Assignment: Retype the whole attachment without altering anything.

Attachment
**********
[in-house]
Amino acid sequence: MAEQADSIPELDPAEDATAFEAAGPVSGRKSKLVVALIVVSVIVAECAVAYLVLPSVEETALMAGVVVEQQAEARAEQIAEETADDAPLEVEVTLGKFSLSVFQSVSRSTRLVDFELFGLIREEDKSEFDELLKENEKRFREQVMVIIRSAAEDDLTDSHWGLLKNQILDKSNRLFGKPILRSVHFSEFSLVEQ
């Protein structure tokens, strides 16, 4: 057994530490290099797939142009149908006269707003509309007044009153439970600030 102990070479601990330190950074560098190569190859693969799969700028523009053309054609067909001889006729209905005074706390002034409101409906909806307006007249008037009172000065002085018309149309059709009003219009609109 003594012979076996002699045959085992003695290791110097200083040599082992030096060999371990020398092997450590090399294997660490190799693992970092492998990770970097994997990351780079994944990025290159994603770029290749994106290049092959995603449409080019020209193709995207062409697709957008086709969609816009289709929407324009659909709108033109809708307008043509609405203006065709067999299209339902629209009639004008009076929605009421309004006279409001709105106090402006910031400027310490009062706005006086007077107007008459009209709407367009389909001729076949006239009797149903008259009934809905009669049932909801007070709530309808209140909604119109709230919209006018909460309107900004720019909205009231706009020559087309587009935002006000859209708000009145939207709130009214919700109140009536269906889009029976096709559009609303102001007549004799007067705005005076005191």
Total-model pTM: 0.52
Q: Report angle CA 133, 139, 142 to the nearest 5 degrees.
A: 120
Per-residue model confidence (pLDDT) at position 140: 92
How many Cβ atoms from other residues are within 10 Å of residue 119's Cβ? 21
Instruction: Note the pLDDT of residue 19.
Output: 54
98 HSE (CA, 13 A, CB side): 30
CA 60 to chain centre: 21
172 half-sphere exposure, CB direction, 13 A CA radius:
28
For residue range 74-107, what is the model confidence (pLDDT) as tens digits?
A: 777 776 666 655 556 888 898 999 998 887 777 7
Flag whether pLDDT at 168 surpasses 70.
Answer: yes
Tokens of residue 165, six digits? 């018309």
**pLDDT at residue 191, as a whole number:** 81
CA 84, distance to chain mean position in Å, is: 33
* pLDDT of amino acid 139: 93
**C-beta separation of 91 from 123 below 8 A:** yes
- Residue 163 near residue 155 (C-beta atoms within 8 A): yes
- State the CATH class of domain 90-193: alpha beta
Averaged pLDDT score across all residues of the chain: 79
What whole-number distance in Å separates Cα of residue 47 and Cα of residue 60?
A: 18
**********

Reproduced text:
[in-house]
Amino acid sequence: MAEQADSIPELDPAEDATAFEAAGPVSGRKSKLVVALIVVSVIVAECAVAYLVLPSVEETALMAGVVVEQQAEARAEQIAEETADDAPLEVEVTLGKFSLSVFQSVSRSTRLVDFELFGLIREEDKSEFDELLKENEKRFREQVMVIIRSAAEDDLTDSHWGLLKNQILDKSNRLFGKPILRSVHFSEFSLVEQ
């Protein structure tokens, strides 16, 4: 057994530490290099797939142009149908006269707003509309007044009153439970600030 102990070479601990330190950074560098190569190859693969799969700028523009053309054609067909001889006729209905005074706390002034409101409906909806307006007249008037009172000065002085018309149309059709009003219009609109 003594012979076996002699045959085992003695290791110097200083040599082992030096060999371990020398092997450590090399294997660490190799693992970092492998990770970097994997990351780079994944990025290159994603770029290749994106290049092959995603449409080019020209193709995207062409697709957008086709969609816009289709929407324009659909709108033109809708307008043509609405203006065709067999299209339902629209009639004008009076929605009421309004006279409001709105106090402006910031400027310490009062706005006086007077107007008459009209709407367009389909001729076949006239009797149903008259009934809905009669049932909801007070709530309808209140909604119109709230919209006018909460309107900004720019909205009231706009020559087309587009935002006000859209708000009145939207709130009214919700109140009536269906889009029976096709559009609303102001007549004799007067705005005076005191």
Total-model pTM: 0.52
Q: Report angle CA 133, 139, 142 to the nearest 5 degrees.
A: 120
Per-residue model confidence (pLDDT) at position 140: 92
How many Cβ atoms from other residues are within 10 Å of residue 119's Cβ? 21
Instruction: Note the pLDDT of residue 19.
Output: 54
98 HSE (CA, 13 A, CB side): 30
CA 60 to chain centre: 21
172 half-sphere exposure, CB direction, 13 A CA radius:
28
For residue range 74-107, what is the model confidence (pLDDT) as tens digits?
A: 777 776 666 655 556 888 898 999 998 887 777 7
Flag whether pLDDT at 168 surpasses 70.
Answer: yes
Tokens of residue 165, six digits? 């018309």
**pLDDT at residue 191, as a whole number:** 81
CA 84, distance to chain mean position in Å, is: 33
* pLDDT of amino acid 139: 93
**C-beta separation of 91 from 123 below 8 A:** yes
- Residue 163 near residue 155 (C-beta atoms within 8 A): yes
- State the CATH class of domain 90-193: alpha beta
Averaged pLDDT score across all residues of the chain: 79
What whole-number distance in Å separates Cα of residue 47 and Cα of residue 60?
A: 18